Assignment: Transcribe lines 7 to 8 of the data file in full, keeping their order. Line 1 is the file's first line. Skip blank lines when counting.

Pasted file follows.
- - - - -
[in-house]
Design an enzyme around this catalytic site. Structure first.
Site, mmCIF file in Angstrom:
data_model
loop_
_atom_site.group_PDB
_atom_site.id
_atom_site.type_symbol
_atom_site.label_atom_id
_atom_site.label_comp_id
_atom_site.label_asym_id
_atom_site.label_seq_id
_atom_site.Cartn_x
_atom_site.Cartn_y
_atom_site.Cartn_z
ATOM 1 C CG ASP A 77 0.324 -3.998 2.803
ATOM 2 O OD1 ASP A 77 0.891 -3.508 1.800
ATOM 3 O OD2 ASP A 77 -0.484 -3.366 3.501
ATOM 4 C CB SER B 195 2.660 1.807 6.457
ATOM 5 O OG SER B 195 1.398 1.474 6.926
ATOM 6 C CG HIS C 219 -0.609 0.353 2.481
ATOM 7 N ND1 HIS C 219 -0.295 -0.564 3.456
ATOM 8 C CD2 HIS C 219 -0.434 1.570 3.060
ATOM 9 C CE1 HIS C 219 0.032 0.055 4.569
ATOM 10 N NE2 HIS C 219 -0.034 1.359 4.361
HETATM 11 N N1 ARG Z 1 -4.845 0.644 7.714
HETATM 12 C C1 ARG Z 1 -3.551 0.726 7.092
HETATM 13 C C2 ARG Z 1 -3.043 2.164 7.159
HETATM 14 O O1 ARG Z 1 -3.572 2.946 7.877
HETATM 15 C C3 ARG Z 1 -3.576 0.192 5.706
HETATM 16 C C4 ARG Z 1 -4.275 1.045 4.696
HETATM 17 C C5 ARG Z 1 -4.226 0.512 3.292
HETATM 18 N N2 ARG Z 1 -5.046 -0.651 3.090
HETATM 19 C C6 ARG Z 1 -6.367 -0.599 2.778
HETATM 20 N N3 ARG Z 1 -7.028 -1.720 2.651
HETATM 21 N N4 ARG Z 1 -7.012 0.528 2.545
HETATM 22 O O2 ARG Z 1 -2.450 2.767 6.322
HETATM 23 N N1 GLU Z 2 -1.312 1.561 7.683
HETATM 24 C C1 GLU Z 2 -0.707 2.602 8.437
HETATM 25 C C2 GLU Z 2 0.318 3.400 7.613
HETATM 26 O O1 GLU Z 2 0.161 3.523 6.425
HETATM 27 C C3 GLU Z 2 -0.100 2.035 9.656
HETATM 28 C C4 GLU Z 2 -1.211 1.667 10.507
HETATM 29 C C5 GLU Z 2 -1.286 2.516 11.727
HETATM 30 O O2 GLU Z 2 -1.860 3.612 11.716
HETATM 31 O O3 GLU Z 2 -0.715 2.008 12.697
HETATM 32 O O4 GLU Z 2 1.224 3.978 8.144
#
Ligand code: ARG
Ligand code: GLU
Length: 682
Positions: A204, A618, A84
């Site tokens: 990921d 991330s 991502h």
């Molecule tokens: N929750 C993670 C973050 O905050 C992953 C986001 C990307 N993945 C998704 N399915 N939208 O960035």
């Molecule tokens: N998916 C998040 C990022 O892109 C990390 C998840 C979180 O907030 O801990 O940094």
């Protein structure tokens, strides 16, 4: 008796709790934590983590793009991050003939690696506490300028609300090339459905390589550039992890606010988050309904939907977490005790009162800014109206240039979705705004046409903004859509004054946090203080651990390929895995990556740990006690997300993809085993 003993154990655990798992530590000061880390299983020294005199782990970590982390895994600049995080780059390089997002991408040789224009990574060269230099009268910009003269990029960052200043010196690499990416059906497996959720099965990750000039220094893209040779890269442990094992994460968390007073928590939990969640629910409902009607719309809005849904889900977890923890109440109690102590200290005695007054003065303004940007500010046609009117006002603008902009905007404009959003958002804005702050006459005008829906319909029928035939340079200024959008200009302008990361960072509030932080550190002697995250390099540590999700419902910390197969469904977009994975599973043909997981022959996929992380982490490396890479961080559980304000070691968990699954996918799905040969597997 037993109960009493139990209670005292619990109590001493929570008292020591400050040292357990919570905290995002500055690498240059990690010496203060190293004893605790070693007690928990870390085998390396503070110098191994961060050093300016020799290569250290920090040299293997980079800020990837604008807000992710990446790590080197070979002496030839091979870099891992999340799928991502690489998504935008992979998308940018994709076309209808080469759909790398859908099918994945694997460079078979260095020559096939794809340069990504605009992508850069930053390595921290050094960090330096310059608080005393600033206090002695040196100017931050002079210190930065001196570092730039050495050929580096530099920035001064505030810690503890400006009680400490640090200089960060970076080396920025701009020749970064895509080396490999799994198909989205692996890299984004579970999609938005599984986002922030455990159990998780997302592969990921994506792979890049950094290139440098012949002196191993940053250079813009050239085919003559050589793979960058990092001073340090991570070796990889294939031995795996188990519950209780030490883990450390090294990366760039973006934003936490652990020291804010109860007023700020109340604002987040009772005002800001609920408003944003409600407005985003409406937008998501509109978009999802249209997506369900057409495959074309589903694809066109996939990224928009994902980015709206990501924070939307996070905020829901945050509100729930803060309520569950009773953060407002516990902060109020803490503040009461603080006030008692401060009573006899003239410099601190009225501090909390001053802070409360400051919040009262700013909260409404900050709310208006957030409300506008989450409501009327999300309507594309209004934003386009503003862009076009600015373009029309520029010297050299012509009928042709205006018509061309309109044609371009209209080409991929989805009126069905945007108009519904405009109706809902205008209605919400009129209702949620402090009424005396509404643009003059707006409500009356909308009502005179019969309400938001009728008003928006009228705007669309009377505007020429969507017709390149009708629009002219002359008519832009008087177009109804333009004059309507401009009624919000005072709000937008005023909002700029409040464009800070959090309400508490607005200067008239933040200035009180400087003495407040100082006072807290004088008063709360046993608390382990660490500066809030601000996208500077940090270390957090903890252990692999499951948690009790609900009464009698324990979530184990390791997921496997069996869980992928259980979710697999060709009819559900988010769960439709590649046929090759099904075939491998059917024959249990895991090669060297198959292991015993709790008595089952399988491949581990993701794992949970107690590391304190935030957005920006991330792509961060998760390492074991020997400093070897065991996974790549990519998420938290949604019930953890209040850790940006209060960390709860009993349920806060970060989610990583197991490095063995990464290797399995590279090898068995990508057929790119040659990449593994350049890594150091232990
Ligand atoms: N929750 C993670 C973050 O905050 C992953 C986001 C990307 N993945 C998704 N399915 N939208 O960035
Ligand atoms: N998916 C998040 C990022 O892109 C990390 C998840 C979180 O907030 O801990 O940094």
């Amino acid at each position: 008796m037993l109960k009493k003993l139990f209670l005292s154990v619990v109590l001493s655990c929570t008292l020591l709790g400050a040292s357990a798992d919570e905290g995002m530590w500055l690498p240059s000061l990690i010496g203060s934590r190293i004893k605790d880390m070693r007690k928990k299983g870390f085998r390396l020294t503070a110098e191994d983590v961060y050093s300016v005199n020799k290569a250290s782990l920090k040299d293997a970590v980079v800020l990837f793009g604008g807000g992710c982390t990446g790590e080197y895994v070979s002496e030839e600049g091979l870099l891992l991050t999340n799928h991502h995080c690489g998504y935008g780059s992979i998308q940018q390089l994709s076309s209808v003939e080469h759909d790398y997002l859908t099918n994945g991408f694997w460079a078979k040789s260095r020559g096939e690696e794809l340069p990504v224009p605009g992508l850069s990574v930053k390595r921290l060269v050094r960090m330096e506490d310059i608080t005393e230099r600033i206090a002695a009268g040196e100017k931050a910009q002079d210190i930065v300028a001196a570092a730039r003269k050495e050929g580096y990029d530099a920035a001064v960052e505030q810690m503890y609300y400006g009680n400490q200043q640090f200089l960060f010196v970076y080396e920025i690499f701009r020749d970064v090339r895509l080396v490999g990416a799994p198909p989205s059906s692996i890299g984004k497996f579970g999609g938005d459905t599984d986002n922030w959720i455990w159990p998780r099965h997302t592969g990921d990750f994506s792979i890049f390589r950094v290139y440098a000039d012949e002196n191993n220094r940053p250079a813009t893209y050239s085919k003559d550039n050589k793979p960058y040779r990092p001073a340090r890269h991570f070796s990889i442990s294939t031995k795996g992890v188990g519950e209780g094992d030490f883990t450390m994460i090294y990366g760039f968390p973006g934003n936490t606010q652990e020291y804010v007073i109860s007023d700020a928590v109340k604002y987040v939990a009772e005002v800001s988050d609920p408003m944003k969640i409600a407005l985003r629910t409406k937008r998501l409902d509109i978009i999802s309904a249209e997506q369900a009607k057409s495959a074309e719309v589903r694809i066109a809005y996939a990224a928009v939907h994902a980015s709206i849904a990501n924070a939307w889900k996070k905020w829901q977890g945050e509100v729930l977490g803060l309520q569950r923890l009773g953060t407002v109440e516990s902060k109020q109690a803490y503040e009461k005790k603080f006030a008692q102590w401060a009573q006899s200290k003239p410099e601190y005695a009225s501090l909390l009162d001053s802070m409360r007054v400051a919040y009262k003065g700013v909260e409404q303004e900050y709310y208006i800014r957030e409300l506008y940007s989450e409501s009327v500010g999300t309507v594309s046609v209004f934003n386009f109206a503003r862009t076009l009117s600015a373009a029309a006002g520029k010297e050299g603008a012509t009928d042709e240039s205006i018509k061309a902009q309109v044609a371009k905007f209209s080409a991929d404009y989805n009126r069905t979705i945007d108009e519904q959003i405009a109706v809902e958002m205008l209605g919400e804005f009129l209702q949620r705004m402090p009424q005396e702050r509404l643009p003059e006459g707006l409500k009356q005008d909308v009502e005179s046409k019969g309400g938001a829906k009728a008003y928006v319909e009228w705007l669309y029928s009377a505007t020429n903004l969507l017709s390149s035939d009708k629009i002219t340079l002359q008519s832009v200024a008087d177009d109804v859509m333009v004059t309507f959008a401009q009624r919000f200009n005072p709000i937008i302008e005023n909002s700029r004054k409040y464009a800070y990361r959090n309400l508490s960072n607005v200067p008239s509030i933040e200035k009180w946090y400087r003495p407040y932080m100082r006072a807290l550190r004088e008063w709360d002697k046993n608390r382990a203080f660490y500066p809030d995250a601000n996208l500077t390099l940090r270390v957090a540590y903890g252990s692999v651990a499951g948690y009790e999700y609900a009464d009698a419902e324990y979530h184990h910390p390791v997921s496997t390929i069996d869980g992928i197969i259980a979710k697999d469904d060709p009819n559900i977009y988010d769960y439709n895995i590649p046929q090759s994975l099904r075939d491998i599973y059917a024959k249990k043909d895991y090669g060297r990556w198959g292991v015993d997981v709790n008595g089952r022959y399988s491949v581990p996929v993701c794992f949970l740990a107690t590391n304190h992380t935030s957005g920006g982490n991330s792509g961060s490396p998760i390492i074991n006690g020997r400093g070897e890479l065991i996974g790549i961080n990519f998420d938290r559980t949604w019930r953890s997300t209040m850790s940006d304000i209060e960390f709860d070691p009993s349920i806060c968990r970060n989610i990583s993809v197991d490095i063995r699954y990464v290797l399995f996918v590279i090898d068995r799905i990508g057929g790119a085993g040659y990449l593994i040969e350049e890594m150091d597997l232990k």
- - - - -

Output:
_atom_site.id
_atom_site.type_symbol